diaghilev and the ballets russes


i started working at the national endowment for the arts a couple of weeks ago, and so far i've learned a ton and am really enjoying my work.  aside from the job itself, it's been very novel to be working downtown.  during lunch one day of my first week, i walked to the natural history museum to check out a photography exhibit, oh you know, natural history museum, just during my lunch break :)  i can see the capitol from my building and everyhing is literally a 5 minute walk away.  if you're going to move to dc, you may as well work for the government right in the middle of everything, right?!

this past week we had a very cool field trip to the national gallery of art's east building (modern art).  they have an exhibit going on until october 6th called Diaghilev and the Ballets Russes, 1909–1929: When Art Danced with Music.  the show tells the story of the original russian ballet under the leadership of Serge Diaghilev.  i knew of the russian ballet and their performance of stravinsky's rite of spring, and i knew they were known for using contemporary music in their shows.  i had absolutely no idea how inclusive they were of music and art contemporaries in their performances, and that they were so forward thinking in all of thier costuming and dance techniques.
just look at the artists that collaborated with diaghilev and the ballet over only ten years: stravinsky, prokofiev, erik satie, debussy, rimsky-korsakov, picasso, matisse, coco chanel (ha!)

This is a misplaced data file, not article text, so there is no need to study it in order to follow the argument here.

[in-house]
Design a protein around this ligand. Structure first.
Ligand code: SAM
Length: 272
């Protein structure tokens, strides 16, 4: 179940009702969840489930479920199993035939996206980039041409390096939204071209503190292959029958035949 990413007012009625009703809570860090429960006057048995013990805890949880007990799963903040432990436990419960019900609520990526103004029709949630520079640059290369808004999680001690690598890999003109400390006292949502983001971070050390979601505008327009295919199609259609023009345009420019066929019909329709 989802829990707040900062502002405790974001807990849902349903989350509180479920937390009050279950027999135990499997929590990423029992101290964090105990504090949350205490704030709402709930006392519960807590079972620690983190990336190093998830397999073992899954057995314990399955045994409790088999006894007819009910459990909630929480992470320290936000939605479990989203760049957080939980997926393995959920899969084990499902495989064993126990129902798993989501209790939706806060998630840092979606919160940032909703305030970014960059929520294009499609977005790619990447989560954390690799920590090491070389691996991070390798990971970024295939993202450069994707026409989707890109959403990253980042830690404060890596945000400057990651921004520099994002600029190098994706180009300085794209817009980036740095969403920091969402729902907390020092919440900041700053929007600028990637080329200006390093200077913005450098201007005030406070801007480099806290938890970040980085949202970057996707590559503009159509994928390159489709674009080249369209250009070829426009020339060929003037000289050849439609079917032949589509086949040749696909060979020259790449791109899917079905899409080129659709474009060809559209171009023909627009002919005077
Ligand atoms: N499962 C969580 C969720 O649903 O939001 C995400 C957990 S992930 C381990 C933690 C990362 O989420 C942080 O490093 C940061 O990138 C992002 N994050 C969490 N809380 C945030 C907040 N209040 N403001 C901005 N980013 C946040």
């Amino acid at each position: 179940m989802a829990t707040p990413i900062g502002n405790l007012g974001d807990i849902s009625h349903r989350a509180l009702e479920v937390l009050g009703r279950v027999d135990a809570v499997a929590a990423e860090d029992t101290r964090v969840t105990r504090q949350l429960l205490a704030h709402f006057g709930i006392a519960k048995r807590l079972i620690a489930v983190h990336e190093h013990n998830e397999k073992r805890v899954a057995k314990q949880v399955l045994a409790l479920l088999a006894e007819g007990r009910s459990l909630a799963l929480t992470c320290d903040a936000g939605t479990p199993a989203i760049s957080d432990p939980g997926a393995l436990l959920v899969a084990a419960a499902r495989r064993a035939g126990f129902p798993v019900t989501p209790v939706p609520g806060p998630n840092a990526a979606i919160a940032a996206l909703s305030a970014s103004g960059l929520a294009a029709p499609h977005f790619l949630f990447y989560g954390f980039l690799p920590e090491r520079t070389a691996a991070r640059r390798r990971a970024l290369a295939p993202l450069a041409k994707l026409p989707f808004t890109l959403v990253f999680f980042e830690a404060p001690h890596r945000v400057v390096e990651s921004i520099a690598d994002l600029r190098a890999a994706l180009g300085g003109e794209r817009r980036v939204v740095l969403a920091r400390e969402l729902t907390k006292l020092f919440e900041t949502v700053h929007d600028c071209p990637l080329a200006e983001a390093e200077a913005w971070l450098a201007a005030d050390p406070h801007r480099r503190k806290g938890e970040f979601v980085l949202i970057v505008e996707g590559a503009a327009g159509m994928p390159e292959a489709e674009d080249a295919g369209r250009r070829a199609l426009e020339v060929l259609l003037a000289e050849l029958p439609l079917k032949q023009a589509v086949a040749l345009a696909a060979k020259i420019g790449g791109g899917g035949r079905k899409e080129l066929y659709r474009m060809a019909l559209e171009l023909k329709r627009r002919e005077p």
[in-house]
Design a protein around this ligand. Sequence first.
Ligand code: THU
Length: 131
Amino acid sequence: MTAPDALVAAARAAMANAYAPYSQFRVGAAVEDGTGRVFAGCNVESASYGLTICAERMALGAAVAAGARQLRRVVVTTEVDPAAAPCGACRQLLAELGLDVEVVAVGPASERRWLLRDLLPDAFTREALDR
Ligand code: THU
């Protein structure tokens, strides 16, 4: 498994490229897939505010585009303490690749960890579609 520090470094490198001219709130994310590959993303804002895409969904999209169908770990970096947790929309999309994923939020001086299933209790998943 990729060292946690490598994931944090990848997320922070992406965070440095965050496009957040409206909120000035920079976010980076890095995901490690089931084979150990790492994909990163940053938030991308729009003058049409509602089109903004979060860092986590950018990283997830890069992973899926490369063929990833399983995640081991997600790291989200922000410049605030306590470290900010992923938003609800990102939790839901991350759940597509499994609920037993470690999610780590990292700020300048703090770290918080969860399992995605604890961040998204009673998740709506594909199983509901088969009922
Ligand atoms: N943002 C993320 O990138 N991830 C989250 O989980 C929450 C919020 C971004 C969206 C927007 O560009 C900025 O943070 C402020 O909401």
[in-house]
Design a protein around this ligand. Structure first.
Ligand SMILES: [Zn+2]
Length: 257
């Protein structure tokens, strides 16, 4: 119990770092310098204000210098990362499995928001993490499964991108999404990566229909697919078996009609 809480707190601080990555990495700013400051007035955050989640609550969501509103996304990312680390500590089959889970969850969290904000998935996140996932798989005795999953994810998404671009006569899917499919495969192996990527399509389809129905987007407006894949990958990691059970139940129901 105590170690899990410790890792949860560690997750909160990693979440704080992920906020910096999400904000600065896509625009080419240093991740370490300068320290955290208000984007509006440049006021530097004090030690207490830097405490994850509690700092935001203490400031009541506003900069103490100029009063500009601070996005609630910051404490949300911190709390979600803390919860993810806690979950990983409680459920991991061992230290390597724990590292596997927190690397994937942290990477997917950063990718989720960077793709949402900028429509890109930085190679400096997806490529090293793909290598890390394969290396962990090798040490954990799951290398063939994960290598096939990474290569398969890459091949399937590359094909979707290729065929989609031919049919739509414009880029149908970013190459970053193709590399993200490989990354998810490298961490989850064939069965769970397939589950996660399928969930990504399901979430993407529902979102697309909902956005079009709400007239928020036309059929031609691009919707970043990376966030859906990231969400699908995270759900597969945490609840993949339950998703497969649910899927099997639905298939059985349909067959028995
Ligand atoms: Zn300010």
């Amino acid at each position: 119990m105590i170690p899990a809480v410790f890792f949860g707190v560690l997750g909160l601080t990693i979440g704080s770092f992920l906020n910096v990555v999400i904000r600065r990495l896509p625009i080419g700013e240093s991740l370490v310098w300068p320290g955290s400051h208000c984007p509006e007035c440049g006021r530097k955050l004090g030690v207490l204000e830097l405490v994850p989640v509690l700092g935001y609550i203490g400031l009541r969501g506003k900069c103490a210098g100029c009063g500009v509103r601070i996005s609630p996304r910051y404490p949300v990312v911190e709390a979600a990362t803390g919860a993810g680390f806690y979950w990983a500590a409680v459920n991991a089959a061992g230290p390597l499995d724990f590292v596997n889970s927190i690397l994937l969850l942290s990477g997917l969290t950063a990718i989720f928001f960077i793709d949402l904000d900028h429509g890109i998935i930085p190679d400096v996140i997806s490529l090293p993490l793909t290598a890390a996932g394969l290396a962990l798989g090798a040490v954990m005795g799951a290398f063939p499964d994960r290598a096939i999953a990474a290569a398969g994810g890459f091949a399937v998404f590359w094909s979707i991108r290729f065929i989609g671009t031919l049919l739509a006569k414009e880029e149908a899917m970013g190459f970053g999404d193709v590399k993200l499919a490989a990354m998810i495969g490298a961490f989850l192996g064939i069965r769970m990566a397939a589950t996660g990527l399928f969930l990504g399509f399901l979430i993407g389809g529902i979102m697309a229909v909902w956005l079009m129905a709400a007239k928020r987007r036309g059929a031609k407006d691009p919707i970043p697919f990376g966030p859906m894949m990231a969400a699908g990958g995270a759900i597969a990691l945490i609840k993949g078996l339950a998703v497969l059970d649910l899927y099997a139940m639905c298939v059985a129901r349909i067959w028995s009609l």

^^original rite of spring costumes!^^ (via)
blue train costume
 ^^costumes for the blue train by chanel^^ (via)
song of the nightingale costume
^^costume for the song of the nightingale by matisse^^ (via)
a co-worker in my division is friends with one of the curators of this exibit and she met up with us to give us a behind the scenes guided tour.  i loved hearing about everything from the preservation of the original costumes to who decided to paint a big blue wave on the wall of the space.  overall, i have to say they did a beautiful job with the presentation.  if you have any interest at all in the history of dance, ballet, music, theatre, or visual arts (or history in general), i would make sure to check out this exhibit. it's so well done and so entertaining that you don't even realize how much you've learned until you leave.

my favorite video installations were of baryshnikov dancing (i could watch him dance all day long) and rudolph nureyev playing the faun in the afternoon of a faun. (video here)
^^original costume design for the faun by bakst^^ (via)
^^because yes^^
the museum has set up a small, temporary shop right as you exit the exhibit.  i die for museum shops and couldn't resist this little hand-painted turkish bowl. 
loved this exhibit and highly recommend it!

note: any views or opinions represented in this blog are personal and belong solely to the blog owner and do not represent those of people, institutions or organizations that the owner may or may not be associated with in professional or personal capacity.


  1. Neat! What a way to spend your lunch break :)
    Except the bowl actually looks Turkish to me... at least the design/colors/motifs and the way it's painted (style). I have about 5 of them in various sizes that I brought from different trips to Turkey before. They are hard to resist indeed! So beautifully made. I just wish I could wash them in the microwave :) hehe

    1. Thank you!! You're right, it's definitely Turkish, I updated it :) They are so pretty, I wanted to buy 10 of them. Maybe it's time to plan a trip to Turkey!


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